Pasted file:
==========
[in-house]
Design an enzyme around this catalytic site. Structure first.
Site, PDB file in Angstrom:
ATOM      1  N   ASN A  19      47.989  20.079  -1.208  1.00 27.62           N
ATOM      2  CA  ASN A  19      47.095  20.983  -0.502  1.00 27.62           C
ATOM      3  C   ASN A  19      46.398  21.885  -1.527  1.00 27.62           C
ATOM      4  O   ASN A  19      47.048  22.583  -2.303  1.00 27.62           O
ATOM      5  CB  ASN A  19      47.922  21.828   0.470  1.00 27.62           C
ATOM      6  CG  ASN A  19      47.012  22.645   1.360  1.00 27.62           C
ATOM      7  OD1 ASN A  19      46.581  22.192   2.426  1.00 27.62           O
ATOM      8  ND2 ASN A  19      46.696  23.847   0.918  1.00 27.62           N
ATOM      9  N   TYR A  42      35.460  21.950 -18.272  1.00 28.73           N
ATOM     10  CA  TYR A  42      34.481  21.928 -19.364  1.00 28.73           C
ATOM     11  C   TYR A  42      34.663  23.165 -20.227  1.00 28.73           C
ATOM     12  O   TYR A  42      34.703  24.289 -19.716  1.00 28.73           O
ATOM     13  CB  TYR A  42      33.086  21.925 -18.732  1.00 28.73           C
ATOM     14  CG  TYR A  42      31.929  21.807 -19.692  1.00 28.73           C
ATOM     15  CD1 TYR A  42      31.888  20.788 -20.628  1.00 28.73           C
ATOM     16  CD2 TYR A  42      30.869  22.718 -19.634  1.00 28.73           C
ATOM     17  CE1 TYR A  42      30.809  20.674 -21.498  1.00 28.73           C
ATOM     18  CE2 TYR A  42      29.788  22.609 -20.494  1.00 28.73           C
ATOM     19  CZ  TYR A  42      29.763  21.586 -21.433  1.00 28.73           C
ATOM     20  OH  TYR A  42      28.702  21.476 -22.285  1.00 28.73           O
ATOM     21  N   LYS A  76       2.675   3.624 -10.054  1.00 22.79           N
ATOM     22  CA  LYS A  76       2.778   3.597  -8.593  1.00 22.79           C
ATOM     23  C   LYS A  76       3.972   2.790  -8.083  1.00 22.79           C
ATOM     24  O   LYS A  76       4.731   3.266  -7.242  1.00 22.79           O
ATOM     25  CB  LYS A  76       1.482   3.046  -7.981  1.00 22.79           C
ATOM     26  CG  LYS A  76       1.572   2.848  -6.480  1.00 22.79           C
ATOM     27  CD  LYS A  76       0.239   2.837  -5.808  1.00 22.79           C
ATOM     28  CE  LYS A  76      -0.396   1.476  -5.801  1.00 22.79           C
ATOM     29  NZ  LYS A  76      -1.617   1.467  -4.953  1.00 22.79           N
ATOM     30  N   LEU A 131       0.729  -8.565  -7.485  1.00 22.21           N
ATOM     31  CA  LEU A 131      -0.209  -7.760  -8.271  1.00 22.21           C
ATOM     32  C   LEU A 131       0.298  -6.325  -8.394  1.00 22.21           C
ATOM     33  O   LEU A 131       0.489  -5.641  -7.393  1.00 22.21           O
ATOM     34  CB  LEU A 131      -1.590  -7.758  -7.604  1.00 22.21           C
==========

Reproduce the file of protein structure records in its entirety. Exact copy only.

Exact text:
[in-house]
Design an enzyme around this catalytic site. Structure first.
Site, PDB file in Angstrom:
ATOM      1  N   ASN A  19      47.989  20.079  -1.208  1.00 27.62           N
ATOM      2  CA  ASN A  19      47.095  20.983  -0.502  1.00 27.62           C
ATOM      3  C   ASN A  19      46.398  21.885  -1.527  1.00 27.62           C
ATOM      4  O   ASN A  19      47.048  22.583  -2.303  1.00 27.62           O
ATOM      5  CB  ASN A  19      47.922  21.828   0.470  1.00 27.62           C
ATOM      6  CG  ASN A  19      47.012  22.645   1.360  1.00 27.62           C
ATOM      7  OD1 ASN A  19      46.581  22.192   2.426  1.00 27.62           O
ATOM      8  ND2 ASN A  19      46.696  23.847   0.918  1.00 27.62           N
ATOM      9  N   TYR A  42      35.460  21.950 -18.272  1.00 28.73           N
ATOM     10  CA  TYR A  42      34.481  21.928 -19.364  1.00 28.73           C
ATOM     11  C   TYR A  42      34.663  23.165 -20.227  1.00 28.73           C
ATOM     12  O   TYR A  42      34.703  24.289 -19.716  1.00 28.73           O
ATOM     13  CB  TYR A  42      33.086  21.925 -18.732  1.00 28.73           C
ATOM     14  CG  TYR A  42      31.929  21.807 -19.692  1.00 28.73           C
ATOM     15  CD1 TYR A  42      31.888  20.788 -20.628  1.00 28.73           C
ATOM     16  CD2 TYR A  42      30.869  22.718 -19.634  1.00 28.73           C
ATOM     17  CE1 TYR A  42      30.809  20.674 -21.498  1.00 28.73           C
ATOM     18  CE2 TYR A  42      29.788  22.609 -20.494  1.00 28.73           C
ATOM     19  CZ  TYR A  42      29.763  21.586 -21.433  1.00 28.73           C
ATOM     20  OH  TYR A  42      28.702  21.476 -22.285  1.00 28.73           O
ATOM     21  N   LYS A  76       2.675   3.624 -10.054  1.00 22.79           N
ATOM     22  CA  LYS A  76       2.778   3.597  -8.593  1.00 22.79           C
ATOM     23  C   LYS A  76       3.972   2.790  -8.083  1.00 22.79           C
ATOM     24  O   LYS A  76       4.731   3.266  -7.242  1.00 22.79           O
ATOM     25  CB  LYS A  76       1.482   3.046  -7.981  1.00 22.79           C
ATOM     26  CG  LYS A  76       1.572   2.848  -6.480  1.00 22.79           C
ATOM     27  CD  LYS A  76       0.239   2.837  -5.808  1.00 22.79           C
ATOM     28  CE  LYS A  76      -0.396   1.476  -5.801  1.00 22.79           C
ATOM     29  NZ  LYS A  76      -1.617   1.467  -4.953  1.00 22.79           N
ATOM     30  N   LEU A 131       0.729  -8.565  -7.485  1.00 22.21           N
ATOM     31  CA  LEU A 131      -0.209  -7.760  -8.271  1.00 22.21           C
ATOM     32  C   LEU A 131       0.298  -6.325  -8.394  1.00 22.21           C
ATOM     33  O   LEU A 131       0.489  -5.641  -7.393  1.00 22.21           O
ATOM     34  CB  LEU A 131      -1.590  -7.758  -7.604  1.00 22.21           C